b. John Paul II, who was a great man, was so popular that thousands of people waited for days to see the great man.
(10)De Gaulle méprisait les personnes qui suivaient
De Gaulle despised the people who followed
aveuglément [le/ce grand homme]
blindly him this great man.
'De Gaulle despised the people who followed the great man.'
The following examples shows another restriction on the exceptional behavior of epithets (there is a violation of principle C when the epithet is the possessor):
(11) a. De Gaulle a toujours méprisé les personnes qui suivaient
De Gaulle has always despised the people who followed
aveuglément ce grand homme.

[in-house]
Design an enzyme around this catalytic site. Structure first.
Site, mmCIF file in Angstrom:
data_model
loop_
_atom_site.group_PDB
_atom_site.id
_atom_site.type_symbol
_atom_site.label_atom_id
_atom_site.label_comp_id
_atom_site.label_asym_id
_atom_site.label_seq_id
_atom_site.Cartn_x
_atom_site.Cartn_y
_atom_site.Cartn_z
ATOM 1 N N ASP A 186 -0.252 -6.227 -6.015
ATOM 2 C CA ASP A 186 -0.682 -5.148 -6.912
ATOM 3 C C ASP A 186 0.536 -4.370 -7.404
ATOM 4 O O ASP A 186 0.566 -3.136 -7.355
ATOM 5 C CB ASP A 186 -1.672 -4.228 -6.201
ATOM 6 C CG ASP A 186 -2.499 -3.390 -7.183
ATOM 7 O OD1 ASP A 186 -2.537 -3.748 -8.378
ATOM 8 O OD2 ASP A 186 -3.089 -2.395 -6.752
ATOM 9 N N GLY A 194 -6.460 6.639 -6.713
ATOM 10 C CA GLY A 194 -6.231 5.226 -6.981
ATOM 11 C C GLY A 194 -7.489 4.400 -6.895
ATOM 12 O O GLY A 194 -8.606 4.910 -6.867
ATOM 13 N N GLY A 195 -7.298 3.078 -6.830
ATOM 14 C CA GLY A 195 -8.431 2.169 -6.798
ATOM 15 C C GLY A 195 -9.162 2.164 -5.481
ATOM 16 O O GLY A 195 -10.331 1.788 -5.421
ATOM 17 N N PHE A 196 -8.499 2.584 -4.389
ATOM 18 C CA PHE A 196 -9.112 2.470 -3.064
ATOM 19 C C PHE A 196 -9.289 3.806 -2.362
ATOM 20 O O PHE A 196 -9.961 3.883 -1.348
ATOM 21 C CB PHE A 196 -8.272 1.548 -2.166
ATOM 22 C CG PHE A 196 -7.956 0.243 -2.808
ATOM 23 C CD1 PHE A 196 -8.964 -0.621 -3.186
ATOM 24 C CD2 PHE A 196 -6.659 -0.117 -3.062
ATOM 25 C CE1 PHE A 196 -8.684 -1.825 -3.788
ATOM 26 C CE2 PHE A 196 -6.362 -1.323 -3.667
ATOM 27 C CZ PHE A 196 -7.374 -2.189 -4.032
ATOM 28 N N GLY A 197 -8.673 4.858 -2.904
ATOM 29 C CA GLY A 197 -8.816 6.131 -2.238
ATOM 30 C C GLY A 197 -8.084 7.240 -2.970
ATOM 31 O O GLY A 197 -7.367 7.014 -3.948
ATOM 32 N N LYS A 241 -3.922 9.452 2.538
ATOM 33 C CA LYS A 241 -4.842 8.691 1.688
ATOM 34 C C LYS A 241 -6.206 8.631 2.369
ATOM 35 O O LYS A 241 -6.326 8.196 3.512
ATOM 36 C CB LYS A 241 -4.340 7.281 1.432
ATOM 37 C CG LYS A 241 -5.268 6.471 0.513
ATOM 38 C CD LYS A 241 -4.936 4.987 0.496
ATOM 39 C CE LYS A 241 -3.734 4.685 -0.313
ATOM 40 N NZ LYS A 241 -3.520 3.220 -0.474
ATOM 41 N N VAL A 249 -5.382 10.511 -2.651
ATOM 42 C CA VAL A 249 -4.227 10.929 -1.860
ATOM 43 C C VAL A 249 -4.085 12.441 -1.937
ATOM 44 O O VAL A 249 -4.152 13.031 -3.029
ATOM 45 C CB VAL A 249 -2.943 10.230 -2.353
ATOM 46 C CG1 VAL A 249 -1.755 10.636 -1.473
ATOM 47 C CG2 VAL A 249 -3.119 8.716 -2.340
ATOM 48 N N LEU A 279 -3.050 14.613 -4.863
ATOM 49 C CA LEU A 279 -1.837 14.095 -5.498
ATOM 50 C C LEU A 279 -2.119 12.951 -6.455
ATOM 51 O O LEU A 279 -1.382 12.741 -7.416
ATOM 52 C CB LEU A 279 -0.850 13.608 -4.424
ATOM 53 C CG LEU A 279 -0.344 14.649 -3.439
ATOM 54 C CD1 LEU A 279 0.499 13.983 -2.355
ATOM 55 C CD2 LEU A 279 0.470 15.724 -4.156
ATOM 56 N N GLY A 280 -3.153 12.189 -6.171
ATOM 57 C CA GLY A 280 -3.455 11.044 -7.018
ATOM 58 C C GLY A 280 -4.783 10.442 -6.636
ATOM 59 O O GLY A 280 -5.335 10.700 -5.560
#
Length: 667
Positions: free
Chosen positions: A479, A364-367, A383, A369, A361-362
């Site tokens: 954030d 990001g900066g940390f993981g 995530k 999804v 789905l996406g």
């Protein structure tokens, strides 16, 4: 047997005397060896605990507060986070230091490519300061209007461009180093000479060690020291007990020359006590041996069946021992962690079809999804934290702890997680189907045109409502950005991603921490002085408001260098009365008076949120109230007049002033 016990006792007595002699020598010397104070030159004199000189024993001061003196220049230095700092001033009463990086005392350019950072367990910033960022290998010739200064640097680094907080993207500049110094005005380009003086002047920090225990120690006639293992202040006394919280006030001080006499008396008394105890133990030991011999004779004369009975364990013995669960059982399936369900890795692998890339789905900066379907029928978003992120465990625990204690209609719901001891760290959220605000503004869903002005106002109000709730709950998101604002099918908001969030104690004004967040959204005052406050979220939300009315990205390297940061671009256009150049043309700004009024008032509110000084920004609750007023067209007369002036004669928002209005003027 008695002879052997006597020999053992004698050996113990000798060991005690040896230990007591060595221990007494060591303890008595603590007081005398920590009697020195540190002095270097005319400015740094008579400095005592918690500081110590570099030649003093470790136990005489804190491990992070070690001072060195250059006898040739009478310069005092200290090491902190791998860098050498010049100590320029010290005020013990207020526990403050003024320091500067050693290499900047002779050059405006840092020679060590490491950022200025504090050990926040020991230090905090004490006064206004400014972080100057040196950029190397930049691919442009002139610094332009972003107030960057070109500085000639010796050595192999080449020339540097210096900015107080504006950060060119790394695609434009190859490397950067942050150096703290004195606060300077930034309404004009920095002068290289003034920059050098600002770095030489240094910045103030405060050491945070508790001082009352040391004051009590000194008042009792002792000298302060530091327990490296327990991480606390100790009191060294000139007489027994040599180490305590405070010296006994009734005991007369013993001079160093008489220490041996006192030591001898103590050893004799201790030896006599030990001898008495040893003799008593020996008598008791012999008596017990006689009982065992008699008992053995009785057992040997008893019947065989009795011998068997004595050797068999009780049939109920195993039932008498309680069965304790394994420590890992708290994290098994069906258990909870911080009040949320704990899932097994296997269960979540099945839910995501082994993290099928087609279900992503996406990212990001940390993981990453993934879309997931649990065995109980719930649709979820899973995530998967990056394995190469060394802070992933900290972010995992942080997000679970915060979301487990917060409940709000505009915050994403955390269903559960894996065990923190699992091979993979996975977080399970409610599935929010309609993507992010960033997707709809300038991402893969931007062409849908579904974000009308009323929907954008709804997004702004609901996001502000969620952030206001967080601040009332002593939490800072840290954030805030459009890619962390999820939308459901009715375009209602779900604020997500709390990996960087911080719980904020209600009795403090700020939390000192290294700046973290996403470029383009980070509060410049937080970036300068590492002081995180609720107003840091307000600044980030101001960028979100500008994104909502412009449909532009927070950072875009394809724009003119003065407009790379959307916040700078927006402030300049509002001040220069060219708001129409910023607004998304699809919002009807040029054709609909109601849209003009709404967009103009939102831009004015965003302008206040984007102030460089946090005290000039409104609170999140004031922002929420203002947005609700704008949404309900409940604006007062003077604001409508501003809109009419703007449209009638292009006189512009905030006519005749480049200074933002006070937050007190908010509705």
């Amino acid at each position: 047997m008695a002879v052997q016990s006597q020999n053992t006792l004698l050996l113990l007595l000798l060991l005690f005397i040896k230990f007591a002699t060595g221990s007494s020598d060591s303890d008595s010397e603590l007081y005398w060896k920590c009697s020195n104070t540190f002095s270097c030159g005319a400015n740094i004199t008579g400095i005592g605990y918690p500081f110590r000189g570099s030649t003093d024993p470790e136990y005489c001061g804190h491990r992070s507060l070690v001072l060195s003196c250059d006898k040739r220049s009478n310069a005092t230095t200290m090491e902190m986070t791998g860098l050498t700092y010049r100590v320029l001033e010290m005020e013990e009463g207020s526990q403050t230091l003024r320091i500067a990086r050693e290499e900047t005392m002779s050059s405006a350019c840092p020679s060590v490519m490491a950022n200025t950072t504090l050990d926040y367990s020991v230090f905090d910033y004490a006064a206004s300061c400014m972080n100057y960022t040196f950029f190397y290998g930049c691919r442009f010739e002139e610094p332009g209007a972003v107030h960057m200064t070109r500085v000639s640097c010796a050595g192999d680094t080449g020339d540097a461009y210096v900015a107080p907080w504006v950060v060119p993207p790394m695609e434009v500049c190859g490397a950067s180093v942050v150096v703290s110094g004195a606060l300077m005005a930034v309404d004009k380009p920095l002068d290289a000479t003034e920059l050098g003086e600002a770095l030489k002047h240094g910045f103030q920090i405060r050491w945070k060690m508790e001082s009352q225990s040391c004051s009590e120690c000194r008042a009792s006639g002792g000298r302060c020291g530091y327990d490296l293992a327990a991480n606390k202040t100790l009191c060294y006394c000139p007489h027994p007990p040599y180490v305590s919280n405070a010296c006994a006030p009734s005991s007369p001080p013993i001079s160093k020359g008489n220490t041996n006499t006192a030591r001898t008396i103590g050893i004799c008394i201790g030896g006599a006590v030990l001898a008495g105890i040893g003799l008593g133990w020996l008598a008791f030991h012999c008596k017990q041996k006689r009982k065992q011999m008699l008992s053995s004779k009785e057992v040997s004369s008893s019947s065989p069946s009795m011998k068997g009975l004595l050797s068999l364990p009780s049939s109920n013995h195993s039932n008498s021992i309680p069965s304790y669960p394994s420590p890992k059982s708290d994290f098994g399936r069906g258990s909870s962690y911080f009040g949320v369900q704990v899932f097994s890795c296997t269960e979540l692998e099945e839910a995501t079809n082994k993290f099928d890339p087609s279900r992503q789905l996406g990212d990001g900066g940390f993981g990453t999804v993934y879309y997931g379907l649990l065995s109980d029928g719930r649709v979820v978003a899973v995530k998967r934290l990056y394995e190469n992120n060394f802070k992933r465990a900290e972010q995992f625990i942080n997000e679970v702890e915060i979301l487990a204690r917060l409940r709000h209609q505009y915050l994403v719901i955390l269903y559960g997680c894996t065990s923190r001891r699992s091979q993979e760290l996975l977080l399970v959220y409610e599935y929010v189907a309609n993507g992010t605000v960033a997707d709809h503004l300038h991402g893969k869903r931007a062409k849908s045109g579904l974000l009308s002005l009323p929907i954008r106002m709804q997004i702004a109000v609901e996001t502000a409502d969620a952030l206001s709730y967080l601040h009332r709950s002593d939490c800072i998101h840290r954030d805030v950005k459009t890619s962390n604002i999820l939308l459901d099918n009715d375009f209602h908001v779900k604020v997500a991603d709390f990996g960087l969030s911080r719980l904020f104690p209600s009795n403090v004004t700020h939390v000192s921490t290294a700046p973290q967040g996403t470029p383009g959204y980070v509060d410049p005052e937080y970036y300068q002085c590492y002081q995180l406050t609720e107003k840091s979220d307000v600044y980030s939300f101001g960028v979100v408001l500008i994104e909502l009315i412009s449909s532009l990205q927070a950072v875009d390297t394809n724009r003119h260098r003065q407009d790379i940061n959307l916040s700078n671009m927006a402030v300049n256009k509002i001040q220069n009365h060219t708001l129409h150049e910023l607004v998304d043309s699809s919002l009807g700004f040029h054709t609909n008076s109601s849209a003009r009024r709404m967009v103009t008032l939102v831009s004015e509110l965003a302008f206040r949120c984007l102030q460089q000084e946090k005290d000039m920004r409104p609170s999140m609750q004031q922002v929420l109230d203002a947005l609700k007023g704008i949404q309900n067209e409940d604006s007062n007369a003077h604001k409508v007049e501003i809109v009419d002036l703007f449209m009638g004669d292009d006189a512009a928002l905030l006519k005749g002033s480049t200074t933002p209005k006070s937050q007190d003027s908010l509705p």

blindly this great man.
'De Gualle has always despised the people who followed the great man.'
b. ??De Gaulle a toujours méprisé les partisans de ce grand
De Gaulle has always despised the followers of this great
'De Gaulle has always despised the followers of the great man' [C4]
(12) O Joao/ Elee t ̃ao burro que o idiota vai acabar tendo um
The John/ He is so stupid that the
idiot will end up having an
acidente um dia desses.
accident one of these days
' John/he is so stupid that he will end up having an accident one of these days'
(13)O Joao/ Ele gosta de gente que maltrata o idiota.
The John/he likes of people that mistreat the idot.
'John/ he likes people who misteat him.'
(14)O Joao/ ele contratou uma secretaria que odeia o idiota.
The John/ he hired a secretary that hates the idiot.
'John/ he hired a secretary that hates the idiot.'
(15)O Joao gosta de gente que maltrata o idiota.
The John liked of people that mistreat the idiot.
'John/he likes people who mistreat the idot.'